Gluten Free Travel Food and Snack Guide – The Sightseeing Coeliac

I’m sure everyone that is coeliac or travelling with dietary requirements packs some sort of food and snacks when they are travelling to avoid the hanger that generally comes hand in hand with dietary requirements during long days and being in new locations. However what are the best things to actually pack? Here’s my guide to what I take with me on different trips…

Aeroplane snack – Schar pretzels

Not something I eat normally very much, but a pack of Schar pretzels are handy when flying. This is especially the case on short haul flights where a drink and snack are served. I personally choose to avoid packets of nuts for this as if someone has a nut allergy you won’t be able to eat them.

Bread Product – Genius Pitta Breads (Vegan)

These are my personal favourite – they have a long shelf life, are flat and not bulky to keep in your bag and don’t crumble. I can eat them untoasted which is pretty essential for a good bread product to travel with and they can be used in a variety of ways. A pot of hummus is enough to make a hearty snack, or they can be made into sandwiches or used in meals where you want something to dip. I definitely recommend these, and to take a few packs depending on the length of your trip and likely availability of gluten free bread at your destination.

Road trip in Slovakia

Sandwich Fillings – Individual Portions

Sandwich fillings are easy to buy from a local supermarket in the way of meats and cheese and I have often done this. Sometimes things like ham are labelled gluten free, and other times I’ve used the google translate app to help me. Other times I’ve just gone with naturally gluten free options. However, I often find I end up having to buy too much for just me or they don’t keep well in the heat so for Cape Town I have bought the following:

  • Mani life peanut butter sachets (Waitrose/Vegan)
  • Mini Nutella jars (Ordered off Amazon)
  • Cherry preserve (Morrison’s – it’s so good!)
  • Mini jars of jam (Home Bargains)
  • Tuna sachets (Home Bargains)
  • Tube of primula (Home Bargains – I didn’t know it didn’t need refrigerating until after opening!)
  • Almond Butter (Holland and Barrett/Vegan) and I still have some Justin’s sachets from when I last visited the US.

Basically I’ve been purchasing individual portions of everything I’ve seen whilst out and about shopping that doesn’t need refrigerating and has a long shelf life! These will all turn some gluten free bread or crackers easily into a snack or something more substantial for lunch hopefully! I also pack Nairns crackers and oat cakes to mix up the pitta bread, and can be used with cheese to make up a dessert or snack.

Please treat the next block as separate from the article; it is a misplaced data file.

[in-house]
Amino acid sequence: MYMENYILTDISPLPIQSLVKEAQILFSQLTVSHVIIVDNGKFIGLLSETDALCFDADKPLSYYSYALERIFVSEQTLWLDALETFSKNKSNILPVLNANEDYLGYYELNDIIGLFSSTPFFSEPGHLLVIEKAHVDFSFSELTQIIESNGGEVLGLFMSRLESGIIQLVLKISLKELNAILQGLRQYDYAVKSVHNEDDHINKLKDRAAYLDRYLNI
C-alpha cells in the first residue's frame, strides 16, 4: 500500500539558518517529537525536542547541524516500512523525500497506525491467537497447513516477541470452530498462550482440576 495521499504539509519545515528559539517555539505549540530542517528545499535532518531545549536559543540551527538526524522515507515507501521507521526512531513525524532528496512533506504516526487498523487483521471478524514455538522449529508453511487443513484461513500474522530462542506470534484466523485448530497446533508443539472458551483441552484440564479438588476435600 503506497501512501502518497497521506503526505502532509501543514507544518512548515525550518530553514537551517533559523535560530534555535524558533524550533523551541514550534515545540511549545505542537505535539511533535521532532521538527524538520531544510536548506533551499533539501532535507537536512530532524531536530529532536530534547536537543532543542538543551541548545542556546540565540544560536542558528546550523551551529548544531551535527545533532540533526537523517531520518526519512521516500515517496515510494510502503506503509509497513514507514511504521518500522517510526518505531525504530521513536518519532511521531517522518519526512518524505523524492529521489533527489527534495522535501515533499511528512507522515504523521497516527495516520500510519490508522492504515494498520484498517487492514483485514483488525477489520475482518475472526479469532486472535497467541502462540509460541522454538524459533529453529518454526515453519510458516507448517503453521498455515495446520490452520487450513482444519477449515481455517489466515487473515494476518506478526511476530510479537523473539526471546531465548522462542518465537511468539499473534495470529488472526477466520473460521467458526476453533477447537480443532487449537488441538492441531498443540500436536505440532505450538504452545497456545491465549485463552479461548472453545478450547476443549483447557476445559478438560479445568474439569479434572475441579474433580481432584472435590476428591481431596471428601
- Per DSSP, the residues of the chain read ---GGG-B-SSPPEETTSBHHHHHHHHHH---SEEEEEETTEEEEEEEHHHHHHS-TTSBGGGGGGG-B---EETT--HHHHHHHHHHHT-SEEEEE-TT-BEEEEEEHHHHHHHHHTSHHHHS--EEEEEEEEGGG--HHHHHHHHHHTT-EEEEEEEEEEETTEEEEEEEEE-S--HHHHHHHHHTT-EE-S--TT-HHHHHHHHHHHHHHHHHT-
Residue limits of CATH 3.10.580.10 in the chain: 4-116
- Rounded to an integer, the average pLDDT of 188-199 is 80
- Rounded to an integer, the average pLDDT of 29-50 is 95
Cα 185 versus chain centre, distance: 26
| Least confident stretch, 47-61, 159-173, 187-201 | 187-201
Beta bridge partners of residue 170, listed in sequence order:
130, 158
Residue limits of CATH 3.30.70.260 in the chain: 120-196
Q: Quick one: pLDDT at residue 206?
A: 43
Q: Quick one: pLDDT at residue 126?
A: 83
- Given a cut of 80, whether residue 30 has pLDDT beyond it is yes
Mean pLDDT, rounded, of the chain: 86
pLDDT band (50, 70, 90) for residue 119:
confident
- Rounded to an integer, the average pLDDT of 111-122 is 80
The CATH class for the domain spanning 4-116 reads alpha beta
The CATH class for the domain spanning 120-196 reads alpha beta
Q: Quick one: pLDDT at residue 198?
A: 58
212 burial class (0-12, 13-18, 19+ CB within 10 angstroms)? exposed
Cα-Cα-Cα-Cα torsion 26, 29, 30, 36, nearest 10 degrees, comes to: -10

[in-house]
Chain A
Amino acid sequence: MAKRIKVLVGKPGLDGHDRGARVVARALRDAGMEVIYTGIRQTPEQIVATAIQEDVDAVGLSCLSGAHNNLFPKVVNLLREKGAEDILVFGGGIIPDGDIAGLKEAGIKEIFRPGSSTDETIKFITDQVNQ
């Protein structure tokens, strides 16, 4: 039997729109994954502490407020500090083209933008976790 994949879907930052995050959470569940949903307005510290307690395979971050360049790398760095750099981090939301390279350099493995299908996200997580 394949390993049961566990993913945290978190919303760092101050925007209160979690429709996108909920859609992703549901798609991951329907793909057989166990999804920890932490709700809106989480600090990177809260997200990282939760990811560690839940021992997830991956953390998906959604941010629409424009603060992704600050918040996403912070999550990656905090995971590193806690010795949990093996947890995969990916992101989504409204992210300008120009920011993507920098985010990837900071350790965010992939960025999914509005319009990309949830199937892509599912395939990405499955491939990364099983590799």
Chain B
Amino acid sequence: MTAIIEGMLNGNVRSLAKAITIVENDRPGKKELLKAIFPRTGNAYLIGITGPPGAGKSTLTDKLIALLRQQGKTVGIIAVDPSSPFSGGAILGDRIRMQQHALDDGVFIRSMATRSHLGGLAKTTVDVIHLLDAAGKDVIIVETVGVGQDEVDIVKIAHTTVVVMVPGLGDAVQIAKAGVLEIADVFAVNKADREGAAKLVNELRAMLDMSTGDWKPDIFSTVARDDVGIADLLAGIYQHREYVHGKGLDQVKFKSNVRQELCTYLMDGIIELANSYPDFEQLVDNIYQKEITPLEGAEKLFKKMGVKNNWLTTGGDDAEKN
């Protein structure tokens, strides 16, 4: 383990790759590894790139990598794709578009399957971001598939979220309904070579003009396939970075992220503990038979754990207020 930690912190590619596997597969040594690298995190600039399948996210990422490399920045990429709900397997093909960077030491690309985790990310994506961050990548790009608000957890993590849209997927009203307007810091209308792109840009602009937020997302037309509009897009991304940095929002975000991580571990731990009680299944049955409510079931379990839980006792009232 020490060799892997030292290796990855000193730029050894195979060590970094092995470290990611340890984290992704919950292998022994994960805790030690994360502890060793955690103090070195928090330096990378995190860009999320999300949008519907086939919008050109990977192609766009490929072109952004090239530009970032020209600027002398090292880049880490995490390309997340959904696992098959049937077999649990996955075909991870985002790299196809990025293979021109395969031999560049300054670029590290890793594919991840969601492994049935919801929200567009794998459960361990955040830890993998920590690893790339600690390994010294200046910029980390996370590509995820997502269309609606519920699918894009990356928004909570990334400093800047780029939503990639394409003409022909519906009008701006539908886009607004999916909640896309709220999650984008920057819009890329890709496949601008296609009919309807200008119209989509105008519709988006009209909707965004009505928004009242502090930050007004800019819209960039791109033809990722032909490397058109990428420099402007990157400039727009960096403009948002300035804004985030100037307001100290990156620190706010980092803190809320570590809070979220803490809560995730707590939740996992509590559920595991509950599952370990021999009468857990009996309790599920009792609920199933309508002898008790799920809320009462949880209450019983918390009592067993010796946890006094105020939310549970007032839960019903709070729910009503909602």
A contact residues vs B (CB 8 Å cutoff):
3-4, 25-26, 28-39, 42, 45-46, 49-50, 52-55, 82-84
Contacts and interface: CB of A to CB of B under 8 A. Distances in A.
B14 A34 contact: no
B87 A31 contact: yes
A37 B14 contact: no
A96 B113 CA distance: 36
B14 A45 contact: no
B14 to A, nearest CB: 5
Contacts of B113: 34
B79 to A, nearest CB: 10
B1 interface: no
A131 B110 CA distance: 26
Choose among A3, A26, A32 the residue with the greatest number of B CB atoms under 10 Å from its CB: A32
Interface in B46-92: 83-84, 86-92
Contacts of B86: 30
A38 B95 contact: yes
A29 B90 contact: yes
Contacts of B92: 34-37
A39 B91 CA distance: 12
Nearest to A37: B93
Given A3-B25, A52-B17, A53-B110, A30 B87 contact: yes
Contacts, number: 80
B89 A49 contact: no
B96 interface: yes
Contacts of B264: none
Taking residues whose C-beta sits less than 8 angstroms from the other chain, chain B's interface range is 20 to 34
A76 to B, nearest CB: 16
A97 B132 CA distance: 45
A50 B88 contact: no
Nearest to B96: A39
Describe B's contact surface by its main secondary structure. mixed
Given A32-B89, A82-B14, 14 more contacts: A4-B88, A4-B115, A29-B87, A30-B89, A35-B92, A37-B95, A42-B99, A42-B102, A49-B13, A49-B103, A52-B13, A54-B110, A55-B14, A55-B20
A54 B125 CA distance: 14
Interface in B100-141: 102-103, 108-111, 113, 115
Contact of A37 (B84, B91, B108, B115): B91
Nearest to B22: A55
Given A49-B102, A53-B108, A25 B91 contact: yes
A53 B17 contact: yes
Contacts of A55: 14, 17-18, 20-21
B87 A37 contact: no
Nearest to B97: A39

Cereal – Nature’s Path Granola

I’ve just arrived home to a box of gifted Nature’s Path cereal which is perfect as I will definitely be taking the granola to Cape Town with me; it’s a product I always travel with. It can be used to top yoghurts from supermarkets or taken with me to the breakfast buffet. I absolutely love it and the bags can be squeezed easily in the suitcase without the product turning to dust or being really bulky!

Breakfast in Hong Kong!

Hot Breakfast – Moma Almond Butter Porridge Sachets (Vegan)

I love porridge sachets and I use these so often when I’m travelling around the U.K. for work. They are great for any travels as you tend to always get a mug and kettle in your room, and they are more substantial than a lot of options. In San Pedro de Atacama – Atacama desert – in Chile, there were a lack of gluten free options available and I was so grateful for these sachets as some of the only carbs I could eat there.

Sweet Product for Breakfast Buffet – Mrs Crimbles Madeleines

How many times have you managed to scrape something together from the breakfast buffet but had to watch as others tuck into the pastries and cakes?! Whilst the pastry selection in the U.K. has got a lot better it still isn’t something that I use for travelling. However, I find Mrs Crimbles madeleines a useful product – they are individually wrapped and a product that can provide something sweet for breakfast but aren’t too sickly. You do have to be a bit careful as they crumble more than some of the other products I choose to travel with, but the effort is worth it!

Breakfast Bars – Genius chunky bars or Nairn’s breakfast bars

I personally like both of these bars in case I need an emergency breakfast or snack. They don’t crumble too much, especially the Genius ones and Paul is prone to stealing them which is always a good sign of a product! Not so good for me when I need them for emergency supplies!


Cereal Bars – Kind Bars

I like these cereal bars when I’m hungry or need a snack/sweet treat during the day. I particularly like the maple glazed pecan and sea salt and the caramel almond flavours, and are much better for travelling with than any kind of chocolate bar in heat!

Biscuits – Schar custard creams or bourbons

These are my personal choices, but I will pretty much travel with a pack of any biscuits that are individually wrapped. This means I can pop one in my bag for any cafe stops, and that they don’t all go stale as soon as I want one. Morrison’s biscuits also tend to be individually wrapped and a lot of them are dairy free too.


Cakes – Mummzy Meagz rocky road bars (vegan)

These rocky road bars are amazing. Individually wrapped and quite substantial they travel pretty easily, and they’re good enough to be a cake type treat when others stop for afternoon tea and cake. I ordered them off of theVegan Kind website, which has a lot of gluten free snacks and products available!

Savoury Snacks

When you’re hungry and need something gluten free to eat safely, it isn’t always a sweet treat that you’re after! Some snacks that I have bought for Cape Town are:

  • Snack packs of olives (Vegan Kind)
  • Smoked almonds (Vegan Kind)
  • Popcorn – I love popcorn, and stops me from eating a bag of crumbs which is what has happened too often when I have packed bags of crisps! Popcorn Shed truffle popcorn is an amazing savoury flavour available on Ocado!